Short test flight of a Phantom 3 4K courtesy Paul Lawler over Mililani Town.
The temporary flight restriction includes drones, and was imposed so that nonessential flights don’t impede or endanger flights by emergency responders that include Hawaii County Fire Department helicopters tracking and assessing eruption activity.
Clear and present drone threat countered by fast-moving DroneShield
DroneShield patrolled the Hawaii Ironman World Championship, an annual triathlon event that is due to return to Hawaii in October this year.
So you bought a drone for yourself or for your child because it is one of the hottest items on the tech scene and seemed cool to fly one. But you didn’t know about all the are rules and regulations governing unmanned aircraft. If this is you, consider attending the first University of Hawaiʻi drone boot camp.
The camp is a chance to learn from experts best practices for flying drones including safety issues and legal guidelines. The event is scheduled for March 30, 10 a.m.–2 p.m. in Les Murakami Stadium on the UH Mānoa campus.
It’s been talked about it for years, but this could be the summer the city’s fleet of drones takes to the sky. Drones are already being used to monitor the beaches following a shark attack or shark sighting in California. In Australia, lifeguards have added a mega phone to give audible warnings.
The University of Hawaii at Hilo is employing drones to track the impact of rising sea levels on Hawaii Island shores. Ryan Perroy, assistant professor of geography and environmental science, said the unmanned aerial vehicles are being used to get a bird’s-eye view and create three-dimensional images of shorelines at Hapuna Beach, Kapoho and Honolii.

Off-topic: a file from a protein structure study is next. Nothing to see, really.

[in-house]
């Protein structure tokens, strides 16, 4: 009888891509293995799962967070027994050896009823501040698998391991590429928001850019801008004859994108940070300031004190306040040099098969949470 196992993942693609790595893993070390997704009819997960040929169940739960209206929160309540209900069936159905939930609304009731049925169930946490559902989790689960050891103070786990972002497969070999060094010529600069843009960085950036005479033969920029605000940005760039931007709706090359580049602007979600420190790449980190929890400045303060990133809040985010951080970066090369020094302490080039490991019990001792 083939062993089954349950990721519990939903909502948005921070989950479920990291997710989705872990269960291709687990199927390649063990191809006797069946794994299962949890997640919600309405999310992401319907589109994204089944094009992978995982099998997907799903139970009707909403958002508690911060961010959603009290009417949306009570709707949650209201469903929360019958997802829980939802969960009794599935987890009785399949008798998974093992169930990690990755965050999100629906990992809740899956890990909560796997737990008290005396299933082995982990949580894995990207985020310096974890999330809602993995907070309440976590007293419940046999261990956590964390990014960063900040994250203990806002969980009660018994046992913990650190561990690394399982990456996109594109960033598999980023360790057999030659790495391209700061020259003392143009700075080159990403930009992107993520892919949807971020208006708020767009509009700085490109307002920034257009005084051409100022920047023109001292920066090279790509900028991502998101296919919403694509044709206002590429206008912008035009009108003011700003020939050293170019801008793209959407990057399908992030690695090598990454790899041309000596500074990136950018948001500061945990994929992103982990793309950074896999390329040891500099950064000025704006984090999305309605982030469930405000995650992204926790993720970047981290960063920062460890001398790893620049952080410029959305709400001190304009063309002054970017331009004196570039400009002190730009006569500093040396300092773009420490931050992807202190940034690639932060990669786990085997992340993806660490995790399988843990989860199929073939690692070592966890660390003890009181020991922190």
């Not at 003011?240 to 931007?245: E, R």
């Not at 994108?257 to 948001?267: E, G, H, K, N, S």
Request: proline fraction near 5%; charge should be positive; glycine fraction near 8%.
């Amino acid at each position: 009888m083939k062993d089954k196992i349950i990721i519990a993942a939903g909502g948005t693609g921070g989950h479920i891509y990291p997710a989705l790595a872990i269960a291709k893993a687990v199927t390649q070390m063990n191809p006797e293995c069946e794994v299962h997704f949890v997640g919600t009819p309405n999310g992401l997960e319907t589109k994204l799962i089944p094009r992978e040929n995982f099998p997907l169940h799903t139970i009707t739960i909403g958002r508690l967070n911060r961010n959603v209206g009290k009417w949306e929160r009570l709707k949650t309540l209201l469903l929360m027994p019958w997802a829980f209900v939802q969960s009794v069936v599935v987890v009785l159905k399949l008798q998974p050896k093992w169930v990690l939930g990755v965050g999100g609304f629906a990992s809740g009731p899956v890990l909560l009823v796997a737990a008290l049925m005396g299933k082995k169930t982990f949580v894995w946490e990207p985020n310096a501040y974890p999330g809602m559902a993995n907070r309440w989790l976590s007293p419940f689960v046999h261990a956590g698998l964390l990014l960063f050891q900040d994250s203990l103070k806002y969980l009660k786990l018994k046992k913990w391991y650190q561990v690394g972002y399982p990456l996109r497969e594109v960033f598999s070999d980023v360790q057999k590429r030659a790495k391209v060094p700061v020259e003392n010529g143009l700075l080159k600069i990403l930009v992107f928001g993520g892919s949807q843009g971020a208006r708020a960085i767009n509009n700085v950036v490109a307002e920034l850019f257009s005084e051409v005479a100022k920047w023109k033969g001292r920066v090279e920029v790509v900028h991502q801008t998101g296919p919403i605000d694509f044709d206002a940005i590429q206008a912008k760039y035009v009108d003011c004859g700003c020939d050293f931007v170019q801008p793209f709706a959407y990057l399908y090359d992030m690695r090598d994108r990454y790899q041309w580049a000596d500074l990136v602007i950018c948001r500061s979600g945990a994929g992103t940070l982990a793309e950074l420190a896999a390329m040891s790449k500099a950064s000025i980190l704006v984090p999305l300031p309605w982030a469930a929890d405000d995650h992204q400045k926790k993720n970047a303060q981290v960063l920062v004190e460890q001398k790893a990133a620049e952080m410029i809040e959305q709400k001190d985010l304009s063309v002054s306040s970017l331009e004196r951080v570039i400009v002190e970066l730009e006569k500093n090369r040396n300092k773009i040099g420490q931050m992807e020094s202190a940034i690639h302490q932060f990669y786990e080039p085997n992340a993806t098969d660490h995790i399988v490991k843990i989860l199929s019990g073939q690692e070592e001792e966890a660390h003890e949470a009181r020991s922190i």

Drones are increasingly popular in Hawaii, and some people want to reign in how and where the unmanned aircraft can be used. A bill — HB314 — would ban using drones to collect personal information and stop them from flying over schools, hospitals, churches or police stations without consent. That bill will be in the House Committee on Commerce and Consumer Protection on Tuesday.
Report via the Associated Press. Track HB314 and submit testimony online:
Civil Geeks: New Rules Open Hawaii’s Skies To Commercial Drones
Commonly referred to as drones to the chagrin of many experts, unmanned aircraft systems, or UAS, certainly have captured the imagination of the public, whether as revolutionary tools that can transform whole industries or as nefarious agents of surveillance. But while they have been getting easier to buy or even build, it has been difficult to use them for more than recreation.
The new rules, referred to as Part 107 of the nation’s federal aviation regulations, are poised to change that.
Hawaii lawmakers have introduced a bill that would ban police from using drones to gather evidence without a warrant. The bill would make exceptions for emergencies such as searches and rescues, hostage situations and when there’s an immediate danger to someone.